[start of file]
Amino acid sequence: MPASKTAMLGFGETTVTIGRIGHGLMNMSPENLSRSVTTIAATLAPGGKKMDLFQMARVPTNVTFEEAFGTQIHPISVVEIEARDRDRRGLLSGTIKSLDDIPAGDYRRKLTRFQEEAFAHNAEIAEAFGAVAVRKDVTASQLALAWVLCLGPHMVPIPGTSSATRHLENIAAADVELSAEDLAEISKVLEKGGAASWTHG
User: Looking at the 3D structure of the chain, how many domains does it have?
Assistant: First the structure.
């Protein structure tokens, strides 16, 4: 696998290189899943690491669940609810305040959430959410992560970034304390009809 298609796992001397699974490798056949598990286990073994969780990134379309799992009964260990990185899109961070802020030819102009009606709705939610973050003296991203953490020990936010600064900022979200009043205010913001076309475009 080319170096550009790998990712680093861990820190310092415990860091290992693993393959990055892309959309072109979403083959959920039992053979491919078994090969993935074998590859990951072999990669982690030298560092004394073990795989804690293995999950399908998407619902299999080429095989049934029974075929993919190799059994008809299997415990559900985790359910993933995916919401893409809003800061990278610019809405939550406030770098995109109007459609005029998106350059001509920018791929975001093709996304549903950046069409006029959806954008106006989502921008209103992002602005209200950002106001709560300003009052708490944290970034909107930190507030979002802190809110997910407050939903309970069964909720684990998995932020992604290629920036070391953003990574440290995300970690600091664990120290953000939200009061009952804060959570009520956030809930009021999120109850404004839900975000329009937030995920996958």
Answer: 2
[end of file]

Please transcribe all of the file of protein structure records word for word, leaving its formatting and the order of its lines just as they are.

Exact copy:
Amino acid sequence: MPASKTAMLGFGETTVTIGRIGHGLMNMSPENLSRSVTTIAATLAPGGKKMDLFQMARVPTNVTFEEAFGTQIHPISVVEIEARDRDRRGLLSGTIKSLDDIPAGDYRRKLTRFQEEAFAHNAEIAEAFGAVAVRKDVTASQLALAWVLCLGPHMVPIPGTSSATRHLENIAAADVELSAEDLAEISKVLEKGGAASWTHG
User: Looking at the 3D structure of the chain, how many domains does it have?
Assistant: First the structure.
């Protein structure tokens, strides 16, 4: 696998290189899943690491669940609810305040959430959410992560970034304390009809 298609796992001397699974490798056949598990286990073994969780990134379309799992009964260990990185899109961070802020030819102009009606709705939610973050003296991203953490020990936010600064900022979200009043205010913001076309475009 080319170096550009790998990712680093861990820190310092415990860091290992693993393959990055892309959309072109979403083959959920039992053979491919078994090969993935074998590859990951072999990669982690030298560092004394073990795989804690293995999950399908998407619902299999080429095989049934029974075929993919190799059994008809299997415990559900985790359910993933995916919401893409809003800061990278610019809405939550406030770098995109109007459609005029998106350059001509920018791929975001093709996304549903950046069409006029959806954008106006989502921008209103992002602005209200950002106001709560300003009052708490944290970034909107930190507030979002802190809110997910407050939903309970069964909720684990998995932020992604290629920036070391953003990574440290995300970690600091664990120290953000939200009061009952804060959570009520956030809930009021999120109850404004839900975000329009937030995920996958």
Answer: 2